After the 2010 spill, Wendy Schmidt, president of the Schmidt Family Foundation, which works to create clean energy solutions, launched the Wendy Schmidt Oil Cleanup X Challenge. The $1.4 million competition encouraged the best and brightest in the field of oil cleanup to present their solutions. The winner was Elastec/American Marine, an Illinois-based company that developed a kind of barrel skimmer that can separate oil from water, even in waves. The skimmer met the contest’s minimum requirement of an efficiency rate of 70 percent, skimming as much as 2,500 gallons per minute.

Nature may soon mop up after our spills. Scientists in Norway have discovered that simple peat moss is extremely good at absorbing oil. Kallak Torvstrøfabrikk is developing a Kallak Absorbent product, which can be placed directly into the oil-soaked water.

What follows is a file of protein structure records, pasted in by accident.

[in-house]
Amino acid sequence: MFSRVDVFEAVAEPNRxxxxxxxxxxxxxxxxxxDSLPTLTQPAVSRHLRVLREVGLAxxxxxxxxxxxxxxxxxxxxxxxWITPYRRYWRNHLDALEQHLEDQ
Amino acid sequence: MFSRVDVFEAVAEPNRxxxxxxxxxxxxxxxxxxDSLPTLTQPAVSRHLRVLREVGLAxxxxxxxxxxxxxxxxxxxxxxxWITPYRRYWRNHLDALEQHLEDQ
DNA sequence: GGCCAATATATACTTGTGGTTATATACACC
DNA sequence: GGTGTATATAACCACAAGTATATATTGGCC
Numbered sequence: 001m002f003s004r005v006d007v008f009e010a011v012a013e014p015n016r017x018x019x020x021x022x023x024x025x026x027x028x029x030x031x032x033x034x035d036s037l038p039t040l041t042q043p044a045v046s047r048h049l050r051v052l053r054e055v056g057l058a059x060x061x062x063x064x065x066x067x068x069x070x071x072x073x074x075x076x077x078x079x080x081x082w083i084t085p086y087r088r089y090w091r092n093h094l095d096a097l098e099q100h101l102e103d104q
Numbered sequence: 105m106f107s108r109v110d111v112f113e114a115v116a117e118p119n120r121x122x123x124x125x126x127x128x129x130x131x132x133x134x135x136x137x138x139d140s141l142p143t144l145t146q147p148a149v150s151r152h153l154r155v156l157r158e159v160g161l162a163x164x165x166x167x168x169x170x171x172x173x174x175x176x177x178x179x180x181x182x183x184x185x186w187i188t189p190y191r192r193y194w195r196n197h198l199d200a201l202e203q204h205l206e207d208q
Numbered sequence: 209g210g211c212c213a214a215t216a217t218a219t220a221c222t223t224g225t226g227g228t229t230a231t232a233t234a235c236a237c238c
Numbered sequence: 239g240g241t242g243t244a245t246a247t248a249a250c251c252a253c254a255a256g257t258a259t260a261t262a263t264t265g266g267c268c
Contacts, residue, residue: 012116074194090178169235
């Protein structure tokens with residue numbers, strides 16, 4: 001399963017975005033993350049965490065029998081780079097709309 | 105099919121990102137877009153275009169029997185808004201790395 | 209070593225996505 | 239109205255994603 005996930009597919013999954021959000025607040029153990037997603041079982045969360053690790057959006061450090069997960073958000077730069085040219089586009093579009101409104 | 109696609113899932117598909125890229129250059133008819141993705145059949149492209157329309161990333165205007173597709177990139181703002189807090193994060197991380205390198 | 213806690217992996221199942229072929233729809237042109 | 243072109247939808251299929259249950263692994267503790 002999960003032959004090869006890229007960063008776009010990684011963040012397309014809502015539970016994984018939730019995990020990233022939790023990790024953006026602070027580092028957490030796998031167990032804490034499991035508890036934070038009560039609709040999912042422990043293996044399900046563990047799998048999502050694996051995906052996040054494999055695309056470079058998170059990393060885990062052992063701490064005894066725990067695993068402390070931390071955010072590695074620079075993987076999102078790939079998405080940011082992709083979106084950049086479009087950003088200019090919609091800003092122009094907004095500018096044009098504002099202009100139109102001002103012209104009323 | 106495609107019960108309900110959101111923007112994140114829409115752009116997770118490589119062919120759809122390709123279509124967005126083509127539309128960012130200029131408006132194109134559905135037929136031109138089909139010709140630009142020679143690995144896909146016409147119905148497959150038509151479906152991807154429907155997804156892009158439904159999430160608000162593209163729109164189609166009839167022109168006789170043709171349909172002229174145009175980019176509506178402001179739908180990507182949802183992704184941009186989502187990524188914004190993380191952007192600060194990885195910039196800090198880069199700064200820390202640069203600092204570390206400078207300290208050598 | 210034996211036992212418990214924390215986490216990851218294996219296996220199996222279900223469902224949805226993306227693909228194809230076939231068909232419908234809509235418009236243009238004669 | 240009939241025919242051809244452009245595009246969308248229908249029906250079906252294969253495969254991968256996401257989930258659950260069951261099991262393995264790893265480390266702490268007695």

4- Large Scale Beach Cleanup Drives [14]

In September 2019, NDTV reported World’s most massive beach cleanup drive held at Odisha’s Puri beach. More than ten thousand volunteers participated in the campaign at several places along the district coast. The mega cleanliness drive was organized at Odisha’s Puri beach to mark the International Coastal Cleanup Day.

For the 119 Sundays, volunteers have toiled in the sludge to remove 12,000 tonnes of plastic from Versova Beach – and they’re still going strong. [15]

In October 2015, a young lawyer from Mumbai named Afroz Shah decided to do something about all the garbage on his beloved Versova Beach. Along with his 84-year-old neighbor, Harbansh Mother, Shah headed out with gloves and a bag to start picking up trash. Little did he know it would become a massive movement.